People are drinking more sugar-sweetened beverages than ever before—and it’s slowly killing us. After analyzing three decades of dietary information for more than 600,000 adults in 51 countries worldwide, researchers at Tufts University in Boston believe all those sodas, energy drinks, fruit drinks, and teas add up to about 184,000 deaths every year.
Sugary drinks are among the biggest offenders in a high-sugar diet. A single can of soda may contain up to ten teaspoons of sugar, which is nearly twice the amount recommended by the World Health Organization for an entire day. And the more sugar we eat, the higher our risk of obesity and obesity-related conditions such as heart disease, diabetes, and even premature death—which is exactly what this new data confirms.
Among the 20 most heavily populated countries, the United States ranked second only to Mexico in the number of annual deaths attributable to high-sugar beverages (125 per 1 million adults). In addition, researchers determined that younger adults were at a greater risk than their older counterparts, possibly due to more exposure to sugary drinks as children.
“This is not complicated,” said senior author Dr. Dariush Mozaffarian in a university press release. “There are no health benefits from sugar-sweetened beverages, and the potential impact of reducing consumption is saving tens of thousands of deaths each year.”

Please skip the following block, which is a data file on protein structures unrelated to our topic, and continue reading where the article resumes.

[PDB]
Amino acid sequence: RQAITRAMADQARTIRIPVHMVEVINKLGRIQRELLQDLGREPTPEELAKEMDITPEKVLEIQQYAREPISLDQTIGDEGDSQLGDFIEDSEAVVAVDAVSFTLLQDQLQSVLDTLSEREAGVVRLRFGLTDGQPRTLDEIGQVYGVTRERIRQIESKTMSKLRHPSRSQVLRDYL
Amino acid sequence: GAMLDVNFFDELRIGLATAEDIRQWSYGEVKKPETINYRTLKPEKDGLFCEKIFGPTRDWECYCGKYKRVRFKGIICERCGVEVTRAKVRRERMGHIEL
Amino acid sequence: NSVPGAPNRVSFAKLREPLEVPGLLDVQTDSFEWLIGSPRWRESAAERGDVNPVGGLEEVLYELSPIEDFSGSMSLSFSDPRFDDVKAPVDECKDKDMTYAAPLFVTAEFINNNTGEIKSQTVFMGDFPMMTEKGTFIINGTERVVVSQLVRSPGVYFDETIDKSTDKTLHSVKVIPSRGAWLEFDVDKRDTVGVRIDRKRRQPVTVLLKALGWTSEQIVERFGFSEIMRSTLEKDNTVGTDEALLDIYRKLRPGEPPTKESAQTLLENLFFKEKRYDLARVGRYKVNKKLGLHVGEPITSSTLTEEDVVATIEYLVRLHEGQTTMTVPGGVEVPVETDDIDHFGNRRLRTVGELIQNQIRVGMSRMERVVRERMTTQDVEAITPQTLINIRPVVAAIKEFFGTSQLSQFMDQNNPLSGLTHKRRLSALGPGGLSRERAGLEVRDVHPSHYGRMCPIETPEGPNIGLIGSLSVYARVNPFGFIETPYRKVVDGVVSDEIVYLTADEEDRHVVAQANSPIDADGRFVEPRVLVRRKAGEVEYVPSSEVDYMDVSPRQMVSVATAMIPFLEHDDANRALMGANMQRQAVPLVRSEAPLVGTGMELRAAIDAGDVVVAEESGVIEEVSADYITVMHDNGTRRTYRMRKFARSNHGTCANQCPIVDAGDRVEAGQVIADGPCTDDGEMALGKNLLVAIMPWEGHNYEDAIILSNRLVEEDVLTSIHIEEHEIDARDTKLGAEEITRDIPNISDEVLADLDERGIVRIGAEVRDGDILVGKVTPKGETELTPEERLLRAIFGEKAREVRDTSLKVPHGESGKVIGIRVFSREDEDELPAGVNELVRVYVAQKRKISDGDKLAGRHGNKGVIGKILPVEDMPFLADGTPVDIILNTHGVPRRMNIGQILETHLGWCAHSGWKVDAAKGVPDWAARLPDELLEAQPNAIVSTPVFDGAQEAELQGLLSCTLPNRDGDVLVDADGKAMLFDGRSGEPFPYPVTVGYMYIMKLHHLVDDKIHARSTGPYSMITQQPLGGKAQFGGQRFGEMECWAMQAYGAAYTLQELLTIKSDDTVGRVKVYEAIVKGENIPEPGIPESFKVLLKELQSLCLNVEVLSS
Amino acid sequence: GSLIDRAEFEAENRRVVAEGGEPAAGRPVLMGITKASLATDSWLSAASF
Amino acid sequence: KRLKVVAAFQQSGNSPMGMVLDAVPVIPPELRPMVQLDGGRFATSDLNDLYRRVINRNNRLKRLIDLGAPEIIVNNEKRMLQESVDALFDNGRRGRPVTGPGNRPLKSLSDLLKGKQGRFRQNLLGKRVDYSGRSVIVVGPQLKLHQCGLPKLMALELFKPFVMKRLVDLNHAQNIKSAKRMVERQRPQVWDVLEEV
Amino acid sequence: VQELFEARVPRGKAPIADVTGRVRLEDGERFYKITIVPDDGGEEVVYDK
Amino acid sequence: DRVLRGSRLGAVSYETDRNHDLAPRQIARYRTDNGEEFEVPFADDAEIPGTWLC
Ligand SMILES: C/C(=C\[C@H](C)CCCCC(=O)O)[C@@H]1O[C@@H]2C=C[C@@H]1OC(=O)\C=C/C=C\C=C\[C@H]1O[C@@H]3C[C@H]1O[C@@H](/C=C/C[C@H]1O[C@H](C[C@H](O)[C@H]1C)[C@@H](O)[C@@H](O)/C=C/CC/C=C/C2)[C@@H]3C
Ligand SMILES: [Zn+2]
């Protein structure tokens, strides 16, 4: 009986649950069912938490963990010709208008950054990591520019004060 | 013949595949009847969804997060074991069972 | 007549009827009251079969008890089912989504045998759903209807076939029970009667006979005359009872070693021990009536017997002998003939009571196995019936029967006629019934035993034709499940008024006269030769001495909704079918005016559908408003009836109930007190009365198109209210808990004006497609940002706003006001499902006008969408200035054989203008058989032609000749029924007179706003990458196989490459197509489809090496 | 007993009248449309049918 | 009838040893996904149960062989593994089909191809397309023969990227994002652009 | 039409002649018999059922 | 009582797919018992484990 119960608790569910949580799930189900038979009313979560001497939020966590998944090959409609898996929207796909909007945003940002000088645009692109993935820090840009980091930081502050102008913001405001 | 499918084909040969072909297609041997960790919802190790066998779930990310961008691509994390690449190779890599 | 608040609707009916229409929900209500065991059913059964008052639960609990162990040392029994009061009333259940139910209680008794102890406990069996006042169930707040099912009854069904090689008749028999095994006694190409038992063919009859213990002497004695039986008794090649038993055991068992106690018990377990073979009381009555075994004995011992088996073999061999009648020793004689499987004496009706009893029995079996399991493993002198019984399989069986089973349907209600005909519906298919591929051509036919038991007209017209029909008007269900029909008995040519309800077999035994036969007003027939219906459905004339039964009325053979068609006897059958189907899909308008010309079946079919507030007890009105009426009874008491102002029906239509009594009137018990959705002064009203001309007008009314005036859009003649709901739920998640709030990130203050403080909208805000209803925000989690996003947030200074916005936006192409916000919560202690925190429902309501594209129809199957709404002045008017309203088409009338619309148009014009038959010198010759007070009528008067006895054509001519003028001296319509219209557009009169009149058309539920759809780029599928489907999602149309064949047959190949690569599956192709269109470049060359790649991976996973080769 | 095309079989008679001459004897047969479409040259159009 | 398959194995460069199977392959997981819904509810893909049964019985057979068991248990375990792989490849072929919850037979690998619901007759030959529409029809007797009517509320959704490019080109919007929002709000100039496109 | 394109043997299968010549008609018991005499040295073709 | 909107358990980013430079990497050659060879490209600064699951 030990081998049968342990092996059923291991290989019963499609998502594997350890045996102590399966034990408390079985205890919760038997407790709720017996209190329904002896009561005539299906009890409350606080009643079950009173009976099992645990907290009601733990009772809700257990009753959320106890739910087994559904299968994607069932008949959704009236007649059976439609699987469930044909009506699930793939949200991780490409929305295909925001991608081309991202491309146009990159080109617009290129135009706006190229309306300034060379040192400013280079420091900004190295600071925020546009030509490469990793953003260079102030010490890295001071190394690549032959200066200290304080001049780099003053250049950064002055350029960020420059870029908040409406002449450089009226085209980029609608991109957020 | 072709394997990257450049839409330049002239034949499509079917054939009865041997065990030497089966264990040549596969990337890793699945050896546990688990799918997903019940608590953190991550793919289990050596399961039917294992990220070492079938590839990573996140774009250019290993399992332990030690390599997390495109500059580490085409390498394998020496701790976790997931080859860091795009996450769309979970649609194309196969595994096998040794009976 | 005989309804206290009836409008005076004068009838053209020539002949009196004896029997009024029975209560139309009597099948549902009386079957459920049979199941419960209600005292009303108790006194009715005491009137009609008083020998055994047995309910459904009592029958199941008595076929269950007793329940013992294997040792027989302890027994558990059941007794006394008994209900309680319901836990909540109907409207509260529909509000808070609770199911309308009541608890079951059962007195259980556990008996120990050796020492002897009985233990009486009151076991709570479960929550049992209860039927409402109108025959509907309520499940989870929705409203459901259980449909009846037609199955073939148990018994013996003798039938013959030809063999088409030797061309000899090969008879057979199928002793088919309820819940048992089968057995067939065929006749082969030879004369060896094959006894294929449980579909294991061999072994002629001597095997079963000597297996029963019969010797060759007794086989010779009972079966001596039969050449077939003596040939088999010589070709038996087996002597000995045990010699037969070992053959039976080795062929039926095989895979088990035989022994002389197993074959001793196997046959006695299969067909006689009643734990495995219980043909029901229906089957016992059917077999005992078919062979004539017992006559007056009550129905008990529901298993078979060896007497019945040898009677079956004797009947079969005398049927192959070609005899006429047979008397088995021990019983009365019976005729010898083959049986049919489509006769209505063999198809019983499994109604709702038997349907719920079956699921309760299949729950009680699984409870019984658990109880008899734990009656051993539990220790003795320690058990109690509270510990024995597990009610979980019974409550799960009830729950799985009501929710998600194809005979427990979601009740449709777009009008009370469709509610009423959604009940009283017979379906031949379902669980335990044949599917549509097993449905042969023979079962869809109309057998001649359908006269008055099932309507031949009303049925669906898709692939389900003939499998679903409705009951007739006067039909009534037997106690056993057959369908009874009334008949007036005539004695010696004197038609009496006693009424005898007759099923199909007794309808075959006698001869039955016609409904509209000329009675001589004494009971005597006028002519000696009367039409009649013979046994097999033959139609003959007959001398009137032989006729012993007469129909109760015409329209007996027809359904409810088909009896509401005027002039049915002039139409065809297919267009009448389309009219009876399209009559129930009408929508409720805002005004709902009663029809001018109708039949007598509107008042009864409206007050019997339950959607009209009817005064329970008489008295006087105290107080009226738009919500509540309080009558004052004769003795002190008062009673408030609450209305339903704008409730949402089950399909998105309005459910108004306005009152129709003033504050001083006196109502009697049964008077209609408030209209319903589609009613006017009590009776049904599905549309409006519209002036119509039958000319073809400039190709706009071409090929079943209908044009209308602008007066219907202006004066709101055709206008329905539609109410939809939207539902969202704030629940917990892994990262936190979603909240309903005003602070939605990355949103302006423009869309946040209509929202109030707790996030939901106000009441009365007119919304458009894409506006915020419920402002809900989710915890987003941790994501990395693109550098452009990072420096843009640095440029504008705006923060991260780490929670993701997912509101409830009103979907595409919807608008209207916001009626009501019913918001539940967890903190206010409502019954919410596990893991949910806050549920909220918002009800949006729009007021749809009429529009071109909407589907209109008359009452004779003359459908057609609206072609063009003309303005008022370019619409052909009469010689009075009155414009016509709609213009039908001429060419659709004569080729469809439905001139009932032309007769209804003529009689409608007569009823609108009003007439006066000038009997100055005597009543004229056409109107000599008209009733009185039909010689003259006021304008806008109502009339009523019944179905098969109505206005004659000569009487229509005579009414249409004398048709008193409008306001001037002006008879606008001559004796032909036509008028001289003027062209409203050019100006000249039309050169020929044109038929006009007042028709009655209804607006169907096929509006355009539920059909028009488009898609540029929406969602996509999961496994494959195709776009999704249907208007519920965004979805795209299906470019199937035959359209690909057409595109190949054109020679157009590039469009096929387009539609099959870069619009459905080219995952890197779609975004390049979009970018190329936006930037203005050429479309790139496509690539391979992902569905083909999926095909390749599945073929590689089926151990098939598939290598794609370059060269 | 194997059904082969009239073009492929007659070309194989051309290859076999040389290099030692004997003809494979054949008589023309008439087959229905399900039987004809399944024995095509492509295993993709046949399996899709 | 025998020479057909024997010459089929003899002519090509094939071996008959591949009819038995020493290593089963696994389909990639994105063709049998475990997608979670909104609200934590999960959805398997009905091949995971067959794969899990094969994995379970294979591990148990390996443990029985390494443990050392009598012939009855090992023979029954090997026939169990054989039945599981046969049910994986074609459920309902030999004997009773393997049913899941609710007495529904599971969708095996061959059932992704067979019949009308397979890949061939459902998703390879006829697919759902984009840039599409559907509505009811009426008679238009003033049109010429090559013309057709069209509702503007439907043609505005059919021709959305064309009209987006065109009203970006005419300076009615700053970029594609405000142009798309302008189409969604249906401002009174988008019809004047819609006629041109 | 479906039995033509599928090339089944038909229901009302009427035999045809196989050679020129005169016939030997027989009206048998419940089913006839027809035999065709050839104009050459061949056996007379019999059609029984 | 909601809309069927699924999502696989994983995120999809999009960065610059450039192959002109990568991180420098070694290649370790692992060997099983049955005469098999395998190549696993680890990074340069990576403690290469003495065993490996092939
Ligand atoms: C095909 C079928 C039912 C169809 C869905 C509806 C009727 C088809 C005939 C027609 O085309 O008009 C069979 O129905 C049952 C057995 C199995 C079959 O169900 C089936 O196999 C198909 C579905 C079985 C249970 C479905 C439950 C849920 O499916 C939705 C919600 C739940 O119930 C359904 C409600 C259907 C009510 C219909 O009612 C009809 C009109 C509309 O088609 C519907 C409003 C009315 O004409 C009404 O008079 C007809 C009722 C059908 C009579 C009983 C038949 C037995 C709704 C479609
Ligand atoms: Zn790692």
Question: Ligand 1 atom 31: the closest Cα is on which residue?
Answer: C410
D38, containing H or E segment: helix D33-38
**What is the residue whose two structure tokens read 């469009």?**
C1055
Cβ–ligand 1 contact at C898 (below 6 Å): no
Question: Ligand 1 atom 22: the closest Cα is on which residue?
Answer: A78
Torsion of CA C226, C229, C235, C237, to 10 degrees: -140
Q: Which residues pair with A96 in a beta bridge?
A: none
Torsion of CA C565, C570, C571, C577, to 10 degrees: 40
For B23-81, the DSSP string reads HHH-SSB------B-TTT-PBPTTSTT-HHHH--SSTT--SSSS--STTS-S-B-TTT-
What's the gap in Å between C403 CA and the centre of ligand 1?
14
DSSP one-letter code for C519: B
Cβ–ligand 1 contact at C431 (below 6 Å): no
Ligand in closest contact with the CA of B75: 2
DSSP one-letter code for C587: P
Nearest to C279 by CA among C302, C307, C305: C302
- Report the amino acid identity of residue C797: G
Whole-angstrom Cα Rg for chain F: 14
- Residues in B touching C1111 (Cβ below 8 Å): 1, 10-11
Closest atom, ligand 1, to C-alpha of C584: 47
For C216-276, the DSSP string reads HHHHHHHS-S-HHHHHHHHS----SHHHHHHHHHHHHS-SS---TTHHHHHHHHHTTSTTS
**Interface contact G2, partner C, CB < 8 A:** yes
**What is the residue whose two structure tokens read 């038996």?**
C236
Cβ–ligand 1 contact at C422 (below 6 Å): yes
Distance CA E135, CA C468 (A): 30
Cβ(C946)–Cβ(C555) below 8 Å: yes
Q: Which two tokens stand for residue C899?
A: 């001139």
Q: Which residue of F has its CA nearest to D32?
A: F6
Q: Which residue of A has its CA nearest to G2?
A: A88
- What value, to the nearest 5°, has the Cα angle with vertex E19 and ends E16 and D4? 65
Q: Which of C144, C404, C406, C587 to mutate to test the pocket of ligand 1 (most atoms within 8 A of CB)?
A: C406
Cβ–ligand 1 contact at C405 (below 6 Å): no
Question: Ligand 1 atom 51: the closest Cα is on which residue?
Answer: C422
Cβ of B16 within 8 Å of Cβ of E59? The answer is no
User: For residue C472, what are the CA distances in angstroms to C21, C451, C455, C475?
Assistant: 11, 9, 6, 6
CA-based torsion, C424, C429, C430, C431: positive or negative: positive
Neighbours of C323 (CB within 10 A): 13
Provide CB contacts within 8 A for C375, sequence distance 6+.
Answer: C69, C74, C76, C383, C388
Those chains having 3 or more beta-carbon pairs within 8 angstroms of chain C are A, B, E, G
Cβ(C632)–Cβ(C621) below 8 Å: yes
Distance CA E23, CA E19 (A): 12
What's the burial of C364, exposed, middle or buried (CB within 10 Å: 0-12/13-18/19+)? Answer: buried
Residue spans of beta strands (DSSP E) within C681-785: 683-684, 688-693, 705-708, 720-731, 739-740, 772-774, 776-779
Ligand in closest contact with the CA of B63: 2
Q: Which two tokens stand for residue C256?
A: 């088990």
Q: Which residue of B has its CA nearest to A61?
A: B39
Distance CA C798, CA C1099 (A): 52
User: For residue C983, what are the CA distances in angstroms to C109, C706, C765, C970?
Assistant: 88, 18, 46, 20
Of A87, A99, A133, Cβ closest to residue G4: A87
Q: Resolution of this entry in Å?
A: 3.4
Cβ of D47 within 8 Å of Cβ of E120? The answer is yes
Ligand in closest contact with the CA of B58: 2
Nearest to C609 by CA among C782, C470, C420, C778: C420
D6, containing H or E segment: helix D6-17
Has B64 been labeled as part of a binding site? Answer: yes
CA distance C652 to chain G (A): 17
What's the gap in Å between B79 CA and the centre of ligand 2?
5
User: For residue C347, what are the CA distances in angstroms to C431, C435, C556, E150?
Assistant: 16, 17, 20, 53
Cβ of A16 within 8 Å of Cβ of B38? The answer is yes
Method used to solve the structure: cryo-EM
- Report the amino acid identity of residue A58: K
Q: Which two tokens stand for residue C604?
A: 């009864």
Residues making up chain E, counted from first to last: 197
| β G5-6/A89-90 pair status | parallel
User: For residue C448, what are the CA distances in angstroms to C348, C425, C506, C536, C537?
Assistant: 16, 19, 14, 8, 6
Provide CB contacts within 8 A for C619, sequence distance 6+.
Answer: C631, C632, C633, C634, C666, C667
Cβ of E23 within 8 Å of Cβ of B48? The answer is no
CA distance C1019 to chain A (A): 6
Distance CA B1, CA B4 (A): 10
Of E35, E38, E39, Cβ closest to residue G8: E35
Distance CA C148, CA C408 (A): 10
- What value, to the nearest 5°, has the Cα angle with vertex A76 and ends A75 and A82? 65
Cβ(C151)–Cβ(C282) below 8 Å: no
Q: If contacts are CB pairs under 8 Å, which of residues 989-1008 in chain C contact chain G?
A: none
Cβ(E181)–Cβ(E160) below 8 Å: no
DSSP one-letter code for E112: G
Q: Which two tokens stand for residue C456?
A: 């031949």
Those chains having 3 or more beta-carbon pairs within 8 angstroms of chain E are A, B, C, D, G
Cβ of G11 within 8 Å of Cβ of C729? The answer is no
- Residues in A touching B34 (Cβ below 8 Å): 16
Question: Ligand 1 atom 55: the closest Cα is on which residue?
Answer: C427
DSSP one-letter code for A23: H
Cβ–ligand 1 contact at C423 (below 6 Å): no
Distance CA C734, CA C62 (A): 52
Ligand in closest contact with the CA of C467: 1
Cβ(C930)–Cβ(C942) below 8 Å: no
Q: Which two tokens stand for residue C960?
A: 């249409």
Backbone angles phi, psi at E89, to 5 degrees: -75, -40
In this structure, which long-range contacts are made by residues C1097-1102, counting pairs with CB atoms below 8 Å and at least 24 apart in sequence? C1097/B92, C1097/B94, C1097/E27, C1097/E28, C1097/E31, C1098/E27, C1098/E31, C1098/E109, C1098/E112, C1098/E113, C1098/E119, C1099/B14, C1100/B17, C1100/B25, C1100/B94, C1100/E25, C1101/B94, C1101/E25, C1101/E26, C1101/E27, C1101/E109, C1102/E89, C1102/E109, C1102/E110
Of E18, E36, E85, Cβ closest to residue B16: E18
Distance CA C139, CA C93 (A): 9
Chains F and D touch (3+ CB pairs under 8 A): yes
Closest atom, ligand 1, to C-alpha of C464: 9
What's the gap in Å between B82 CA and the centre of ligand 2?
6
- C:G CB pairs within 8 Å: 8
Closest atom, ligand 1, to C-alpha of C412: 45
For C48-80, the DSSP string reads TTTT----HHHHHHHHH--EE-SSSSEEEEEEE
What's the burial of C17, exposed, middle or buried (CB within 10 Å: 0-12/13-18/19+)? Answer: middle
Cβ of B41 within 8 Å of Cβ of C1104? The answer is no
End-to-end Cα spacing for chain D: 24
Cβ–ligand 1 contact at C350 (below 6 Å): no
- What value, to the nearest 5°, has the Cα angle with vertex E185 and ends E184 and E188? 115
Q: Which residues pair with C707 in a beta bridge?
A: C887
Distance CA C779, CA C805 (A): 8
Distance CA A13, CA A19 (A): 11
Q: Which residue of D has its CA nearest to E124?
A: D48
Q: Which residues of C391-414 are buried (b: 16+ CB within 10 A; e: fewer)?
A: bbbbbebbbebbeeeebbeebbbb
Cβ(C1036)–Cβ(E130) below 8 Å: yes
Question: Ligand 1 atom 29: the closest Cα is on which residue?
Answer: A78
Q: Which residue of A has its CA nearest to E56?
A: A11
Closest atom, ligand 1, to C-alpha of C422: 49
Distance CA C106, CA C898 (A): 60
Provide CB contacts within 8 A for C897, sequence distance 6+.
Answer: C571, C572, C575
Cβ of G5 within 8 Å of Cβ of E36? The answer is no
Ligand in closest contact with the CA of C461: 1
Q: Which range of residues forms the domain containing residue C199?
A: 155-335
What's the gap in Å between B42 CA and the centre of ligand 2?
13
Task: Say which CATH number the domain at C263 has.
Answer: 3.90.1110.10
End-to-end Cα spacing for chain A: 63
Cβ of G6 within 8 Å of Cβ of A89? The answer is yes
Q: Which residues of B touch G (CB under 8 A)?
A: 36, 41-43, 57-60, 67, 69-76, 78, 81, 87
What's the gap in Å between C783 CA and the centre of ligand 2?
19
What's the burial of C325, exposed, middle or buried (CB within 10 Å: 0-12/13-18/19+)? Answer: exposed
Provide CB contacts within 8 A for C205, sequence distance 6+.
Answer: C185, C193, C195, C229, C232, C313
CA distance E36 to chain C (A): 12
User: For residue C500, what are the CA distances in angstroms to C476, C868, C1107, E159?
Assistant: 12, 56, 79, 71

Heart disease remains the leading cause of death among men and women in the United States, accountable for 1 in 4 deaths every year. The good news is that we can support heart health by making smarter choices about what we eat and how we live—and one of those choices may be adding more Omega-3 to our diet, say scientists from Pennsylvania State University.
In a small study involving a dozen seniors between 60 and 80 years of age, researchers found that daily supplementation with Omega-3 EPA and DHA may improve cardiovascular function in healthy older adults. Specifically, the increased Omega-3 consumption had a positive effect on arterial stiffness.
As we get older, heart health begins to decline as part of the normal aging process. That decline may result in a hardening or stiffening of the arteries over time, even in people who adhere to a healthy lifestyle. When arteries stiffen, the heart has to work harder to pump blood through them, which can lead to bigger problems later on.
After just three months of taking two Omega-3 supplements twice daily (a total of 4,000 mg each day), participants in the study experienced a notable reduction in arterial stiffness, suggesting that consuming more Omega-3 may promote healthy cardiovascular function as we age.
“These findings provide support for the concept that increased Omega-3 intake may be an efficacious therapy in the primary prevention of cardiovascular disease in aging humans through effects on central arterial stiffness,” the study authors wrote, pointing out that the effects occurred in a relatively short period of time.